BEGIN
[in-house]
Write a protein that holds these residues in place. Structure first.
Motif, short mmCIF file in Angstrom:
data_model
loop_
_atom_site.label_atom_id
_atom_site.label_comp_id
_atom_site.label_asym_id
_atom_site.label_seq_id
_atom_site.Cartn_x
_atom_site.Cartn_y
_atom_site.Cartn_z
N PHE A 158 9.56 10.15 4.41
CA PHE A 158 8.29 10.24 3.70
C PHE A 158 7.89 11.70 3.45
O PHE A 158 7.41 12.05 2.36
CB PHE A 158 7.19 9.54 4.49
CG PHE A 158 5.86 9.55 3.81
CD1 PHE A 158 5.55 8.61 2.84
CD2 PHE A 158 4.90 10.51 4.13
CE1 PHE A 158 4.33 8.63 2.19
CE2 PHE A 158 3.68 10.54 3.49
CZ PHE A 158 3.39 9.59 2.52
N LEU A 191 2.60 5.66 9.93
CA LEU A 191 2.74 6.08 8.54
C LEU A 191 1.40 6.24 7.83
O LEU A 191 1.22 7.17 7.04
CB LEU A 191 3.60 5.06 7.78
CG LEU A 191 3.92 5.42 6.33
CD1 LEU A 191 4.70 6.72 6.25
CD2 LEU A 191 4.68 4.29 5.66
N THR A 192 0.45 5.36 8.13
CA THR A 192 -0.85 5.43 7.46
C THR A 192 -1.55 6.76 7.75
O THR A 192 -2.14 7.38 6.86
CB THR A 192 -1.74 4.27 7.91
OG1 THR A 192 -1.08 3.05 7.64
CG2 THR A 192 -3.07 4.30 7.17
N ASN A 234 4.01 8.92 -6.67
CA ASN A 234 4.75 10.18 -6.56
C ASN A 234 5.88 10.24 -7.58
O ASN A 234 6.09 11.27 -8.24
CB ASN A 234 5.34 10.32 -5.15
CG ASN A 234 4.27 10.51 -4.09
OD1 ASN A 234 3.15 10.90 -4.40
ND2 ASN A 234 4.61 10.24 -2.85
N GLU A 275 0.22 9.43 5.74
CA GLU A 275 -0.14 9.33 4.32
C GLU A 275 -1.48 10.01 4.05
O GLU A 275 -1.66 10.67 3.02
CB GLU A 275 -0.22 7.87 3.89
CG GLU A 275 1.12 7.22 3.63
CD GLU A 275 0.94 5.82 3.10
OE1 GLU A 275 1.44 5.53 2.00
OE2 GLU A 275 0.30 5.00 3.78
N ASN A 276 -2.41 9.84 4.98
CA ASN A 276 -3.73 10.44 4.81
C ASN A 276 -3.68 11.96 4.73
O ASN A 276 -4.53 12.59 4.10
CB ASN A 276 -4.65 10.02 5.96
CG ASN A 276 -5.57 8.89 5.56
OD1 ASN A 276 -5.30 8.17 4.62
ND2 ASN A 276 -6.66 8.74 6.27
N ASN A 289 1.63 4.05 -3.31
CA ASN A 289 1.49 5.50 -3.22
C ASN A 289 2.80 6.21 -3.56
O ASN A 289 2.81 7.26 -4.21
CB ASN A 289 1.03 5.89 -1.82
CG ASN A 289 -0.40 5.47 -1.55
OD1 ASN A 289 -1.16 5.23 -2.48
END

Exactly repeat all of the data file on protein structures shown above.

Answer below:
[in-house]
Write a protein that holds these residues in place. Structure first.
Motif, short mmCIF file in Angstrom:
data_model
loop_
_atom_site.label_atom_id
_atom_site.label_comp_id
_atom_site.label_asym_id
_atom_site.label_seq_id
_atom_site.Cartn_x
_atom_site.Cartn_y
_atom_site.Cartn_z
N PHE A 158 9.56 10.15 4.41
CA PHE A 158 8.29 10.24 3.70
C PHE A 158 7.89 11.70 3.45
O PHE A 158 7.41 12.05 2.36
CB PHE A 158 7.19 9.54 4.49
CG PHE A 158 5.86 9.55 3.81
CD1 PHE A 158 5.55 8.61 2.84
CD2 PHE A 158 4.90 10.51 4.13
CE1 PHE A 158 4.33 8.63 2.19
CE2 PHE A 158 3.68 10.54 3.49
CZ PHE A 158 3.39 9.59 2.52
N LEU A 191 2.60 5.66 9.93
CA LEU A 191 2.74 6.08 8.54
C LEU A 191 1.40 6.24 7.83
O LEU A 191 1.22 7.17 7.04
CB LEU A 191 3.60 5.06 7.78
CG LEU A 191 3.92 5.42 6.33
CD1 LEU A 191 4.70 6.72 6.25
CD2 LEU A 191 4.68 4.29 5.66
N THR A 192 0.45 5.36 8.13
CA THR A 192 -0.85 5.43 7.46
C THR A 192 -1.55 6.76 7.75
O THR A 192 -2.14 7.38 6.86
CB THR A 192 -1.74 4.27 7.91
OG1 THR A 192 -1.08 3.05 7.64
CG2 THR A 192 -3.07 4.30 7.17
N ASN A 234 4.01 8.92 -6.67
CA ASN A 234 4.75 10.18 -6.56
C ASN A 234 5.88 10.24 -7.58
O ASN A 234 6.09 11.27 -8.24
CB ASN A 234 5.34 10.32 -5.15
CG ASN A 234 4.27 10.51 -4.09
OD1 ASN A 234 3.15 10.90 -4.40
ND2 ASN A 234 4.61 10.24 -2.85
N GLU A 275 0.22 9.43 5.74
CA GLU A 275 -0.14 9.33 4.32
C GLU A 275 -1.48 10.01 4.05
O GLU A 275 -1.66 10.67 3.02
CB GLU A 275 -0.22 7.87 3.89
CG GLU A 275 1.12 7.22 3.63
CD GLU A 275 0.94 5.82 3.10
OE1 GLU A 275 1.44 5.53 2.00
OE2 GLU A 275 0.30 5.00 3.78
N ASN A 276 -2.41 9.84 4.98
CA ASN A 276 -3.73 10.44 4.81
C ASN A 276 -3.68 11.96 4.73
O ASN A 276 -4.53 12.59 4.10
CB ASN A 276 -4.65 10.02 5.96
CG ASN A 276 -5.57 8.89 5.56
OD1 ASN A 276 -5.30 8.17 4.62
ND2 ASN A 276 -6.66 8.74 6.27
N ASN A 289 1.63 4.05 -3.31
CA ASN A 289 1.49 5.50 -3.22
C ASN A 289 2.80 6.21 -3.56
O ASN A 289 2.81 7.26 -4.21
CB ASN A 289 1.03 5.89 -1.82
CG ASN A 289 -0.40 5.47 -1.55
OD1 ASN A 289 -1.16 5.23 -2.48